39. WmHesch says:

    American clerical garb was patterned after Protestants in our ill-fated attempt to assimilate… As was Britain’s when we sealed up the priest-holes.

    We mustn’t run from the enemy. And if we’re going to revive birettas in the sanctuary- make sure they’re covering a true, man-made TONSURE that accompanies the cleric into the streets.

  40. Catholic_Convert2 says:


    This year, you fear and despise me. Next year, after I run for and win the election for sheriff, you will say, “oh good- I’m glad to have him and people like him at my disposal by calling for help.”

    Look at how much faith you put in a flimsy badge, when – since I will not change from one day to the next – it says nothing of character or reliability.

    The truth is that my fellow Americans are safer because the 12 million people like me are allowed to live our vocation; we white blood cells of society. Why remove the fangs from your men? In the end, it doesn’t matter. We will continue going our way, and you, yours.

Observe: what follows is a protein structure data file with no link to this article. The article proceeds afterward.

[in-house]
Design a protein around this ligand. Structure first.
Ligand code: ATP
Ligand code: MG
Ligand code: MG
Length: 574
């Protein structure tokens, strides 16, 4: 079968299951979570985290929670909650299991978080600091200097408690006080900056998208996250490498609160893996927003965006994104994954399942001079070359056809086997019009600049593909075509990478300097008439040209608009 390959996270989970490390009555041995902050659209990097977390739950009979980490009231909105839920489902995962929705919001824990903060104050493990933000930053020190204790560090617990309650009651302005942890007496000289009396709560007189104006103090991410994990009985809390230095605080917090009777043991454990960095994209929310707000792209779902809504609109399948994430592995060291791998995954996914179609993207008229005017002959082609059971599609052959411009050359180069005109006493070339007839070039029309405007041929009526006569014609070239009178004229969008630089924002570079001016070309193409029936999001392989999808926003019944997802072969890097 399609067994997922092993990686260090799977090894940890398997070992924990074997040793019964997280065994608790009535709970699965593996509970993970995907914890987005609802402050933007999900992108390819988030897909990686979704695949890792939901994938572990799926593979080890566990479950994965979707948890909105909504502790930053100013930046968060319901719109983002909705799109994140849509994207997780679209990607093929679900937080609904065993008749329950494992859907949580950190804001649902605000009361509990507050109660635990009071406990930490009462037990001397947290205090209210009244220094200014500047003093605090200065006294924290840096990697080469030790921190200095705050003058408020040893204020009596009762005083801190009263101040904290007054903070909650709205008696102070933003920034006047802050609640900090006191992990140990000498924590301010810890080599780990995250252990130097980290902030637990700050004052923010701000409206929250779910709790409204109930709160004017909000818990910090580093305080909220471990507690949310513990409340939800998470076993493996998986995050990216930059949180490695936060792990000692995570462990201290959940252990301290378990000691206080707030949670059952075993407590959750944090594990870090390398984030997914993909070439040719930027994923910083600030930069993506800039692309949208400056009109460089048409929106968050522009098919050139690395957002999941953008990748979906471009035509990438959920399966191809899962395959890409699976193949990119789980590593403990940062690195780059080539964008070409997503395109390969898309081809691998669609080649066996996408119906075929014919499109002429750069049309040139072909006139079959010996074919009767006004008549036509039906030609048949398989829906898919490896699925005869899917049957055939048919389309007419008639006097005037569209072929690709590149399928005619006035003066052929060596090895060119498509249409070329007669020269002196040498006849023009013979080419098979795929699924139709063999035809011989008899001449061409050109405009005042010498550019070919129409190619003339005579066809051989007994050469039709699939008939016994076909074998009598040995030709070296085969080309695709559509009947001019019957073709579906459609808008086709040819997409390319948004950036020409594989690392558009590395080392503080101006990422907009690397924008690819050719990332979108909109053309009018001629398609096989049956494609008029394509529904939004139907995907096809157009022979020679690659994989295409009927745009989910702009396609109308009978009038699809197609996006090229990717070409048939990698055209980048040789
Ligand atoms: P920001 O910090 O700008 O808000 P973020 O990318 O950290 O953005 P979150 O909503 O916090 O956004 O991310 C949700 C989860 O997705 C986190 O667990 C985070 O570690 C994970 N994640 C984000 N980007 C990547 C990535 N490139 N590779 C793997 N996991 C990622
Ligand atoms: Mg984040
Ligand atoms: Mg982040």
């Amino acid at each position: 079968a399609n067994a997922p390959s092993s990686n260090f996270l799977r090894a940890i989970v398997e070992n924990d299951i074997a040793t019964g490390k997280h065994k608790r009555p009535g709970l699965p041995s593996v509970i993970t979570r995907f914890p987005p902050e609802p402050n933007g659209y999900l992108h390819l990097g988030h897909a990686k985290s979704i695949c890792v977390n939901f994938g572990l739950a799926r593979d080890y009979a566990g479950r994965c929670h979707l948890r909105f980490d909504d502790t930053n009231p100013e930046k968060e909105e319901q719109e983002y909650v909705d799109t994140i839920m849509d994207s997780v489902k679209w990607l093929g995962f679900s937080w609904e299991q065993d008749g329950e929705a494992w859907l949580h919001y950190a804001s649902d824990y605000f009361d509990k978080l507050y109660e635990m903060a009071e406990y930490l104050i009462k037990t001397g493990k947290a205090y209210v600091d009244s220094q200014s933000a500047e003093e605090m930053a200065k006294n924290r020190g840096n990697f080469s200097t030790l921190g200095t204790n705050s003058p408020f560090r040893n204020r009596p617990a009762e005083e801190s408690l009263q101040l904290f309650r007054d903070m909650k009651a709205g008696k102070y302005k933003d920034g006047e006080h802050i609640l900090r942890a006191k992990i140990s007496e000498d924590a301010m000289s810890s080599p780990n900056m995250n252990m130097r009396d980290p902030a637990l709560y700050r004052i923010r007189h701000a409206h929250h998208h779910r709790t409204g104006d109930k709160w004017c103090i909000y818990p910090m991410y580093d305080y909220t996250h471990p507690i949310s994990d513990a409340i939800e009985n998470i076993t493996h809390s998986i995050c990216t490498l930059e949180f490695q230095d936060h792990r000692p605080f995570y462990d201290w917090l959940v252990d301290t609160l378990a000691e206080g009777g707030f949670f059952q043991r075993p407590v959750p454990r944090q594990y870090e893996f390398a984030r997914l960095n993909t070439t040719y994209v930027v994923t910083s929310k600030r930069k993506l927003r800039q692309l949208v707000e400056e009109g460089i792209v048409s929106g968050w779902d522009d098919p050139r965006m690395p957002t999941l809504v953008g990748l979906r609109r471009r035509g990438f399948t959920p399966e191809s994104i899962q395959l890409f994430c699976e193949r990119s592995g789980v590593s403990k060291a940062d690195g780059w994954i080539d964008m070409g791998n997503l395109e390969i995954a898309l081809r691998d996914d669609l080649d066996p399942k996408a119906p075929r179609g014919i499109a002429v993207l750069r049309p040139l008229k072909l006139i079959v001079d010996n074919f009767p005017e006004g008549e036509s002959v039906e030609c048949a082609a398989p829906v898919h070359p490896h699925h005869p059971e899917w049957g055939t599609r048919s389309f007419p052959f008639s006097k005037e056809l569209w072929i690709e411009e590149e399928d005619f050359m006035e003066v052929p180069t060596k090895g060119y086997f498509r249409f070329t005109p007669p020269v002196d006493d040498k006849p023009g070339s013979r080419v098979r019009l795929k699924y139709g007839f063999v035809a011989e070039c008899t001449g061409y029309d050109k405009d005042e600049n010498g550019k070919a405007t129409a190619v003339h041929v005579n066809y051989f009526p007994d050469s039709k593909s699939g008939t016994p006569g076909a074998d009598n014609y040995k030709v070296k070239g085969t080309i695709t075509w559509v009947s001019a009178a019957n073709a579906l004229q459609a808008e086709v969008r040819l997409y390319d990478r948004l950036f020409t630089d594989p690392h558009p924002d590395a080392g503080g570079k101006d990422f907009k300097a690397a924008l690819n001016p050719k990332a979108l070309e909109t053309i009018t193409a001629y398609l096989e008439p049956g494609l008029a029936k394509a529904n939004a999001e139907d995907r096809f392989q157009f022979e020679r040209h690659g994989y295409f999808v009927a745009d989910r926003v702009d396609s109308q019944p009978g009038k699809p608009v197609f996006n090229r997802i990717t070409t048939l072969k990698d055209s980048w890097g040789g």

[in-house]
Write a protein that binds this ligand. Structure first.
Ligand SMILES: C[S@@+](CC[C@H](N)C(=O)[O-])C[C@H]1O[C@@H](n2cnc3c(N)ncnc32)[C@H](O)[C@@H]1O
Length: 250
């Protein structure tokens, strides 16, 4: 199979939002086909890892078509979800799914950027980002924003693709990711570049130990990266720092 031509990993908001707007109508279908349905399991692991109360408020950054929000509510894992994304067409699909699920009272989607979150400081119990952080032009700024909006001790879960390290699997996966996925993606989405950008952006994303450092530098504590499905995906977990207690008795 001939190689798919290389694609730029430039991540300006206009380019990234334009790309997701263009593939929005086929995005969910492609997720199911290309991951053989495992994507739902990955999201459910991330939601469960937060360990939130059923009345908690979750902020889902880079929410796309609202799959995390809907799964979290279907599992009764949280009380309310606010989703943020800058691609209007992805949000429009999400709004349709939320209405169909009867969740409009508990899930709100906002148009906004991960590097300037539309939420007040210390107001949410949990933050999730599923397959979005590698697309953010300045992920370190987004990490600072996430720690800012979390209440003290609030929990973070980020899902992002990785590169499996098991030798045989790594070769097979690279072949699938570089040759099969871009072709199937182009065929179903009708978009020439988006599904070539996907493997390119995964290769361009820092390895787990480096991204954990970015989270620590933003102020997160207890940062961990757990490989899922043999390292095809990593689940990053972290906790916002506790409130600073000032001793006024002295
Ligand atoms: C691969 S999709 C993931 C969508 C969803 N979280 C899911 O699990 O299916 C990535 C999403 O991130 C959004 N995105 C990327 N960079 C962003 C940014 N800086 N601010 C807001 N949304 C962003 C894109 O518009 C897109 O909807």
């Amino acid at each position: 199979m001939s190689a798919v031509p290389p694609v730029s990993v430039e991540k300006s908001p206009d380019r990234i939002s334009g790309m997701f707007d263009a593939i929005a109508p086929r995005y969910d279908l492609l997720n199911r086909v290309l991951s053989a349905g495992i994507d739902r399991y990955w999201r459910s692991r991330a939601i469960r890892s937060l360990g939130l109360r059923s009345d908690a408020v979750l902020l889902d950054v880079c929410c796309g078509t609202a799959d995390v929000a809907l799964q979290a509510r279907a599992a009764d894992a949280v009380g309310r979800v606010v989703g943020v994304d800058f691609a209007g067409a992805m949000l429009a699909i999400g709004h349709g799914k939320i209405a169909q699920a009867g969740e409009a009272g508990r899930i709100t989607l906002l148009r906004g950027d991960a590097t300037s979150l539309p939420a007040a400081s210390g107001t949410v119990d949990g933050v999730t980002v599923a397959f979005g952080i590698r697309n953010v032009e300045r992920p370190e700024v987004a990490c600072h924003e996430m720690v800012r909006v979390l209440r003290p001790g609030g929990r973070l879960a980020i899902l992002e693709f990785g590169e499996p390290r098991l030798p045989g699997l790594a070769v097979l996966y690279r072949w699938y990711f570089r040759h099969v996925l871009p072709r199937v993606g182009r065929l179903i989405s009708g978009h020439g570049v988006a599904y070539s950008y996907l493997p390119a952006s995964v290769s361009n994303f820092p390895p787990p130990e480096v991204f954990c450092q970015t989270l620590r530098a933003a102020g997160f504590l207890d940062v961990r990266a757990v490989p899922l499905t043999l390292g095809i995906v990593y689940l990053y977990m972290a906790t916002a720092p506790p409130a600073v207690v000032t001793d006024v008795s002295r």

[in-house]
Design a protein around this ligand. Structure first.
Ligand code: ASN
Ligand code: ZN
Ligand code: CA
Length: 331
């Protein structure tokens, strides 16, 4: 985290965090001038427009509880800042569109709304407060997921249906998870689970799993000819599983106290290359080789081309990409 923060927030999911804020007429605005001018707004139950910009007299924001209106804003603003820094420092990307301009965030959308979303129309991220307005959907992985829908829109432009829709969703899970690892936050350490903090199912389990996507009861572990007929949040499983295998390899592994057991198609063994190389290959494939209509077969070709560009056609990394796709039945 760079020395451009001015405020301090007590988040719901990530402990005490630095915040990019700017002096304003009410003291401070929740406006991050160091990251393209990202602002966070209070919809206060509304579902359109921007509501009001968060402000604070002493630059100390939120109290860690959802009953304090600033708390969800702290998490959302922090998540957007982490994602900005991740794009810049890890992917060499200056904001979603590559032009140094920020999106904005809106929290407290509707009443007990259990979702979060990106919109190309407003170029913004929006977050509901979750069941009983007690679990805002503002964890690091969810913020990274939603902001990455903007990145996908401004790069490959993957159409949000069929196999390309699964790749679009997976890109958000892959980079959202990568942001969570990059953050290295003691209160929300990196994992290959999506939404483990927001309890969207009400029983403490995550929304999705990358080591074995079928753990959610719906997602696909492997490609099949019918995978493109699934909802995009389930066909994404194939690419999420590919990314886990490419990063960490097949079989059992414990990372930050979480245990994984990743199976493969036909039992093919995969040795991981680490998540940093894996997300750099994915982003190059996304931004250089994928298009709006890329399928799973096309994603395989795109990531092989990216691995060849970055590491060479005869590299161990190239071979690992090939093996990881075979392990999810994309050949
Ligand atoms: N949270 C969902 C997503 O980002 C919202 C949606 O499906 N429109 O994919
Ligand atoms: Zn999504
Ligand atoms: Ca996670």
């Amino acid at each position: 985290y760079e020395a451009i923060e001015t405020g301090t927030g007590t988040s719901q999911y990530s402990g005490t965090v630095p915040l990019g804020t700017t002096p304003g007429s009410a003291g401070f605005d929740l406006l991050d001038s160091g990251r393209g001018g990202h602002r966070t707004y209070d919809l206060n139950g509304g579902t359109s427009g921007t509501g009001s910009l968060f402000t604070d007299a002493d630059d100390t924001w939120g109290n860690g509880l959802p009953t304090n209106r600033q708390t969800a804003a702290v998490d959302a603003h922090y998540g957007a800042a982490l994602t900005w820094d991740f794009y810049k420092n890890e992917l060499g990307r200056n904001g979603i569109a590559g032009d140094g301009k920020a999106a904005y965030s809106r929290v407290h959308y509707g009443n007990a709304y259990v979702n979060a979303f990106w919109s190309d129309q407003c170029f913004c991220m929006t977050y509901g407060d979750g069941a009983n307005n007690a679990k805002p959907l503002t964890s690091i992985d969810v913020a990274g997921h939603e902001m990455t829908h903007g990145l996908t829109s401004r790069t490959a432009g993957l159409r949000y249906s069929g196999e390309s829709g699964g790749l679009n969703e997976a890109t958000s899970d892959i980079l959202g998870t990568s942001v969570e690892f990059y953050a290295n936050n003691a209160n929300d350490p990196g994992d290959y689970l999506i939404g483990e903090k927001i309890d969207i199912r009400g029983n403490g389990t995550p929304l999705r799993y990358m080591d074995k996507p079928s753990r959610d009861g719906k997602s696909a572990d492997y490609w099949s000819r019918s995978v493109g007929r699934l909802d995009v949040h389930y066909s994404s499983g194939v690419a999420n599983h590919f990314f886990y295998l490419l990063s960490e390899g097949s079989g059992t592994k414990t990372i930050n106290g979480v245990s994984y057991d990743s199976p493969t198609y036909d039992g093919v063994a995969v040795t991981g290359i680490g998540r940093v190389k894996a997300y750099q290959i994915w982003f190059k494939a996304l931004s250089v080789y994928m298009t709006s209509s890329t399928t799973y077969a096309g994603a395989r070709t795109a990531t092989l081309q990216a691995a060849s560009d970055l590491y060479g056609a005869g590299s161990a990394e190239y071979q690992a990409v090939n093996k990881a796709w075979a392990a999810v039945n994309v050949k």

41. Semper Gumby says:

    Fr. John wrote: “Any further suggestions would be welcomed!”

    Fr. John: Fr. Z had an excellent post and combox on Church Security on Dec. 22, 2015. Fr. Z also had several book recommendations in his post.

    If I may add Fr. John (and with Fr. Z’s permission as this is a bit of a digression), please see the Government Security News website and the FBI website for information on the Osage Baptist Church Improvised Explosive Device (IED) Incident. (Not to be alarming here, but just for contingency purposes.) The device, disguised as a Pepsi can, was disarmed by the bomb squad. This incident involves public use of the church for polling, and the IED was apparently discovered by the church receptionist.

  42. Fr Mark Elliott Smith says:

    My impression is that most of the clergy I talk to would rather eat wasps than forgo the collar or any conspicuous marks of our vocation. In any event, I would have thought that any attack (which God forbid) would be likely to take place in a church, rather than on the streets, where concealment is, shall we say, tricky. We have installed CCTV, however!